When the Delaware 148th General Assembly returns from recess on April 21st, five new education legislation submissions will be on their plate. These bills cover the authority of the Delaware Secretary of Education (currently Mark Murphy) and Labor Relations, the charter school enrollment radius, charter school applications being approved by the local school board before the Delaware State Board of Education, suicide prevention training for Delaware teachers, and immunization requirements in the event of an epidemic and how this would impact students who do not get immunized based on religious beliefs. All the legislation introduced can be seen below. The Mark Murphy Authority bill is sponsored by State Rep. Sean Lynn, the charter bills by State Rep. John Kowalko, the Suicide Prevention bill by State Rep. Valerie Longhurst and Senator Nicole Poore, and the immunizations bill by State Rep. Sean Matthews and Senator Bethany Hall-Long.
“I don’t know how much longer we can talk about the high-performing charter sector if there’s an asterisk next to some of them” because of the preferences, she (Jennifer Nagourney) says.
Jaques says the House Education Committee may consider legislation this spring to remove preferences from the admissions process.”
According to this article from Larry Nagengast on WDDE, the 148th General Assembly may see a bill introduced to get rid of charter school enrollment preferences in Delaware. Discussion in the article was around the whole charter school environment in Delaware, but this shocker towards the end caused my jaw to drop.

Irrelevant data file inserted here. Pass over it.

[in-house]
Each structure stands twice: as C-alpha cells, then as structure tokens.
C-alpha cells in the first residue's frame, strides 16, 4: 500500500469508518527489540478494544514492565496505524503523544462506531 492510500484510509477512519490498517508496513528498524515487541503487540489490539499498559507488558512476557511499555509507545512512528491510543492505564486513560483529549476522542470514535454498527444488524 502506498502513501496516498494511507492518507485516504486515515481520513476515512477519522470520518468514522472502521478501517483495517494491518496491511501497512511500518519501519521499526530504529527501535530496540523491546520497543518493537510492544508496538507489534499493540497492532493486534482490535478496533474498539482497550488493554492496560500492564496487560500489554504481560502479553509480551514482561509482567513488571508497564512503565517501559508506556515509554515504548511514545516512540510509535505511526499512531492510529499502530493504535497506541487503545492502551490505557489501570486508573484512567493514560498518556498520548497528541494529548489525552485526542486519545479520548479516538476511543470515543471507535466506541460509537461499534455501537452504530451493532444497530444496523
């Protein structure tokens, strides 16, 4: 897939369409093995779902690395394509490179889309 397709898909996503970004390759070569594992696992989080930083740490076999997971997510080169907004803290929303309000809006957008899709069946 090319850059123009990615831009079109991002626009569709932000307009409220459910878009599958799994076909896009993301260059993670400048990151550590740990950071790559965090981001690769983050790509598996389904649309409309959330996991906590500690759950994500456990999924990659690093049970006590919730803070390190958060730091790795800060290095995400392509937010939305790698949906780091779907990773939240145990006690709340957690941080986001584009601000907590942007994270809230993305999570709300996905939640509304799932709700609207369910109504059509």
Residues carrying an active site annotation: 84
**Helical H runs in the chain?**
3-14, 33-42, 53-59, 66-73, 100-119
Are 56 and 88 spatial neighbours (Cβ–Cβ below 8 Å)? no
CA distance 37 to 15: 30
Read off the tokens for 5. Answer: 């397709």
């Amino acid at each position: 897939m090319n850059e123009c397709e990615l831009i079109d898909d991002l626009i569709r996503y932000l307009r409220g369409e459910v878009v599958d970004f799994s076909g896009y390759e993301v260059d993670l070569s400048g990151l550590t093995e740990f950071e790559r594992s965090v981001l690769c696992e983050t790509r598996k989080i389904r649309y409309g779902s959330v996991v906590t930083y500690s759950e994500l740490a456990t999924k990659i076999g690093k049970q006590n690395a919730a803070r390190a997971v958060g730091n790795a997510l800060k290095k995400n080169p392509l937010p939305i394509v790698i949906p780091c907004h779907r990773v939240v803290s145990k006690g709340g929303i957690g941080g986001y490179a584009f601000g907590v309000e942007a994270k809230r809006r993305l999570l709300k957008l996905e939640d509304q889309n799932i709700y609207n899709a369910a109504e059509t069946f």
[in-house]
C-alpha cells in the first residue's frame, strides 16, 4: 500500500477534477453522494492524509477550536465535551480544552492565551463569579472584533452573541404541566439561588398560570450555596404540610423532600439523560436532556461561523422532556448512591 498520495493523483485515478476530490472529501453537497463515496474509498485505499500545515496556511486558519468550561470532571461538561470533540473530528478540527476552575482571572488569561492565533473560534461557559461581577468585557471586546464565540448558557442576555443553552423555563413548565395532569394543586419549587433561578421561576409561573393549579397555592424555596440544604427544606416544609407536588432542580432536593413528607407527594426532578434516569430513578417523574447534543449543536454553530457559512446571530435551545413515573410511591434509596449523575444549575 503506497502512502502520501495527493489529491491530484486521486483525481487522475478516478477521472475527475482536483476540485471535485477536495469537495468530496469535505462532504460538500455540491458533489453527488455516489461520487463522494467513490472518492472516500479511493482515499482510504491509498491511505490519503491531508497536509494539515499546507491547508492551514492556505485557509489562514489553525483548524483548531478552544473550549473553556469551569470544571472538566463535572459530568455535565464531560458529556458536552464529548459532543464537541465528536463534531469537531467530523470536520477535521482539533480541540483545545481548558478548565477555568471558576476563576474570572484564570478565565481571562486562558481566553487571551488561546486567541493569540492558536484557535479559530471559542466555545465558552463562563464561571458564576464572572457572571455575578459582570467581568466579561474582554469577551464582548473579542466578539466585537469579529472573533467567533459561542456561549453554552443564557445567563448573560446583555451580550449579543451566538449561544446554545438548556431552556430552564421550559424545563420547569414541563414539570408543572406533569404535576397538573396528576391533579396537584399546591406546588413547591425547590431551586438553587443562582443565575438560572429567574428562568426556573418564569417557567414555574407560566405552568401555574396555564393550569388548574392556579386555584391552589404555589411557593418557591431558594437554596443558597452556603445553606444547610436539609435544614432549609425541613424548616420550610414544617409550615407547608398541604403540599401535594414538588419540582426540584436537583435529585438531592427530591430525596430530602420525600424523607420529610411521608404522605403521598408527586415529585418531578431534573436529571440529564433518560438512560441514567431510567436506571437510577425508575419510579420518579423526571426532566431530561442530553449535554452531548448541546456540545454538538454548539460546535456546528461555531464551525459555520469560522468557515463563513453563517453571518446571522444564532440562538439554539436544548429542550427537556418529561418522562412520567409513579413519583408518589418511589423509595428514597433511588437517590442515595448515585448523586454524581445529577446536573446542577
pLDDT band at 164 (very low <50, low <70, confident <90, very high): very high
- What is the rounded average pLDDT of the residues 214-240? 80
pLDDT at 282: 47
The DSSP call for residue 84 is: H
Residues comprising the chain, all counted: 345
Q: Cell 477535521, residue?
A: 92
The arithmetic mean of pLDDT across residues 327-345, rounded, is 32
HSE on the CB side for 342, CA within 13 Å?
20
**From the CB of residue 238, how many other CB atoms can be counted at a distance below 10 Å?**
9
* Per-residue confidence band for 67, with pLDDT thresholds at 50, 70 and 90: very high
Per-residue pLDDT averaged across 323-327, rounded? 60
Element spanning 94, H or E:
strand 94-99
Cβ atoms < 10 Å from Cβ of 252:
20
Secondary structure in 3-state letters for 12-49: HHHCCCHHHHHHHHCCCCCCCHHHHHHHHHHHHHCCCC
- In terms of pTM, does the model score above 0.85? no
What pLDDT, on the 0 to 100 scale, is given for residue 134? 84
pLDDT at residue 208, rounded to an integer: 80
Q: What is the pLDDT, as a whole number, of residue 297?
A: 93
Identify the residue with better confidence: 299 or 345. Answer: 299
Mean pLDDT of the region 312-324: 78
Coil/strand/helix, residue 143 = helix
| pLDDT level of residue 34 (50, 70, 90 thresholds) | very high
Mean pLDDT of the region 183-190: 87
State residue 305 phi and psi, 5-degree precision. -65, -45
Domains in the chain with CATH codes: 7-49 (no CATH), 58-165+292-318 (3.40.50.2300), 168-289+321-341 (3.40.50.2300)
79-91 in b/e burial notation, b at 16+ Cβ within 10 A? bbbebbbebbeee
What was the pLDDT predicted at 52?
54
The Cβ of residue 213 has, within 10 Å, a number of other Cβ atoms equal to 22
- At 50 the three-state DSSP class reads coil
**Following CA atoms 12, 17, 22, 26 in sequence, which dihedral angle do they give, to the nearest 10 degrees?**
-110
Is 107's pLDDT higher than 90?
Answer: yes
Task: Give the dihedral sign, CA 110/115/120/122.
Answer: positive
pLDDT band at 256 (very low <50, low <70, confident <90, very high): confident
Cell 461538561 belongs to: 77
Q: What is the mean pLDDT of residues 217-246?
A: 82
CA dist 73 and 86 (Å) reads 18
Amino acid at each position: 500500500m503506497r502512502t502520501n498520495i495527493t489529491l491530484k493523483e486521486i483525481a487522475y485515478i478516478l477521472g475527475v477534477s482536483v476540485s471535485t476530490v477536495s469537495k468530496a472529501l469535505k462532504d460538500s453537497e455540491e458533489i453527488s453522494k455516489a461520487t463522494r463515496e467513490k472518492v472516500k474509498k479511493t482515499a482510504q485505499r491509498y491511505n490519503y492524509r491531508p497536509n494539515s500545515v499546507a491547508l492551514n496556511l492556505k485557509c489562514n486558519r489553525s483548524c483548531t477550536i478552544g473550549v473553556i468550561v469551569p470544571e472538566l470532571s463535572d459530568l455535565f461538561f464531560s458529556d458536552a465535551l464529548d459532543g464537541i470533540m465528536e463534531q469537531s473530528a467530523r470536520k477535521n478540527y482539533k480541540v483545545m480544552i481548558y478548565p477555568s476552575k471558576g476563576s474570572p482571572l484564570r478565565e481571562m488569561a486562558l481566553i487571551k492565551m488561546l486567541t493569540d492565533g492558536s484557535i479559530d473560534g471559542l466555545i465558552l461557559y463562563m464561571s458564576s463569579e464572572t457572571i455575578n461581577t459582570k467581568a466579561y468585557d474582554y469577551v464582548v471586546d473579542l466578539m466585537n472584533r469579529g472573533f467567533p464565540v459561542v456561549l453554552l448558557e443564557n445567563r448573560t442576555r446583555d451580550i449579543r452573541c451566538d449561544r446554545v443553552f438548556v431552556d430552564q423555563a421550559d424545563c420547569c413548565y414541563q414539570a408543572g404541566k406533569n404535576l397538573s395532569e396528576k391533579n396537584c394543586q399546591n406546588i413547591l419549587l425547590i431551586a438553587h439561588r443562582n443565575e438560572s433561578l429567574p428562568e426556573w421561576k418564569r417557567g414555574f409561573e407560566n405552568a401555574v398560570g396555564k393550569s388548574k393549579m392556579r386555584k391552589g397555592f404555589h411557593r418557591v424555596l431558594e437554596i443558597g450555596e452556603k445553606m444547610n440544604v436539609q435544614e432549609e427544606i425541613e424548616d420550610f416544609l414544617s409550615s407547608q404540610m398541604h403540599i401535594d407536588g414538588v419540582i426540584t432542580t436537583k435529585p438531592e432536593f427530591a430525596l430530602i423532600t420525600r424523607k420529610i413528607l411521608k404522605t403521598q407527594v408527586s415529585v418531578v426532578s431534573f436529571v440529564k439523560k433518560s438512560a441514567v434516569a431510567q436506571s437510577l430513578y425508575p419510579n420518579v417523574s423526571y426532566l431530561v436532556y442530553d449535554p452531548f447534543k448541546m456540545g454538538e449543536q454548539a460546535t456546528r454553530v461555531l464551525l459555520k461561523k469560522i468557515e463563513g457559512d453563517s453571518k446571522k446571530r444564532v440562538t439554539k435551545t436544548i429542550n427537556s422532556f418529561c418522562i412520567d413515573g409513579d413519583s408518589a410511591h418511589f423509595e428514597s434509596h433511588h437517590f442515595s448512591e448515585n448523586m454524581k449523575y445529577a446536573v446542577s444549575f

I think it’s great that Jennifer Nagourney with the Charter School Office at the Delaware Department of Education is taking a hard look at the reality of charters in Delaware, specifically Wilmington. With a pending ACLU complaint being looked at by the US DOE’s Office of Civil Rights, as well as clarification from a leading national charter school organization, the writing is on the wall.
At the last meeting of the Enrollment Preference Task Force, which stemmed out of House Bill 90, Alex Medler with the National Association of Charter School Authorizers told the task force any specific interest enrollment preference should only be used if it would allow needed students into the school, i.e. low-income, minority, special needs, etc.
Finally, Delaware State Rep. Earl Jaques says something that makes sense! One thing is for sure, this would change the conversation about choice in Delaware.
To read the full article, please go here: